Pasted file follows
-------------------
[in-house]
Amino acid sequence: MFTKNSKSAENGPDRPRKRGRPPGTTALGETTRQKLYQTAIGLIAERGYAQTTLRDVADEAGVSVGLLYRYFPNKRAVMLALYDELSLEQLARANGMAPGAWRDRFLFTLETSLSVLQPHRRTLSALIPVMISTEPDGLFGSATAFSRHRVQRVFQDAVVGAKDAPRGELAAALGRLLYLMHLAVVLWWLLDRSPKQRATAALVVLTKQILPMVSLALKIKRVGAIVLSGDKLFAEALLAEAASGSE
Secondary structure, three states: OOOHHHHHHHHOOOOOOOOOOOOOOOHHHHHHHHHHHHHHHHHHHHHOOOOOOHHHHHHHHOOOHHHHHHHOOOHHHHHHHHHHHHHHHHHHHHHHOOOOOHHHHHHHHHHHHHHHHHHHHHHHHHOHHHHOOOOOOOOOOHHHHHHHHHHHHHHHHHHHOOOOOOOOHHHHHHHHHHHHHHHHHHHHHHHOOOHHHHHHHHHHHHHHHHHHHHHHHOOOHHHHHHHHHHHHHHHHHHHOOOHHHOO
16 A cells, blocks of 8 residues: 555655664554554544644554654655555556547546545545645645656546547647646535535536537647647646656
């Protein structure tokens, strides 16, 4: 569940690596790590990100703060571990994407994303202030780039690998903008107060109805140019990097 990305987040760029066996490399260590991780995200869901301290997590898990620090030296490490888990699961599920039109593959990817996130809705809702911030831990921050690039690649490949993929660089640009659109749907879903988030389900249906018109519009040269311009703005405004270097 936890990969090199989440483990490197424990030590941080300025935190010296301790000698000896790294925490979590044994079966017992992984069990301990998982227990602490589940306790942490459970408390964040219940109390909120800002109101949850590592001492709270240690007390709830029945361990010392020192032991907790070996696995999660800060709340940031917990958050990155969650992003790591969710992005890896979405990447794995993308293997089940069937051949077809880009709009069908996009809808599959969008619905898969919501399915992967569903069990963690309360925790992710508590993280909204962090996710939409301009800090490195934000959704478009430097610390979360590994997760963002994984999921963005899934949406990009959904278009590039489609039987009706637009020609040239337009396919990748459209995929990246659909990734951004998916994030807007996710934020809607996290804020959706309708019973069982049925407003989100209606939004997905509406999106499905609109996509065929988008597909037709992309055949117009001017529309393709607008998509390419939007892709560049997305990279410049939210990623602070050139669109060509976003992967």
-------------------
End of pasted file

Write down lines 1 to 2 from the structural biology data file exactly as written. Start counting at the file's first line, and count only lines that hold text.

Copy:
[in-house]
Amino acid sequence: MFTKNSKSAENGPDRPRKRGRPPGTTALGETTRQKLYQTAIGLIAERGYAQTTLRDVADEAGVSVGLLYRYFPNKRAVMLALYDELSLEQLARANGMAPGAWRDRFLFTLETSLSVLQPHRRTLSALIPVMISTEPDGLFGSATAFSRHRVQRVFQDAVVGAKDAPRGELAAALGRLLYLMHLAVVLWWLLDRSPKQRATAALVVLTKQILPMVSLALKIKRVGAIVLSGDKLFAEALLAEAASGSE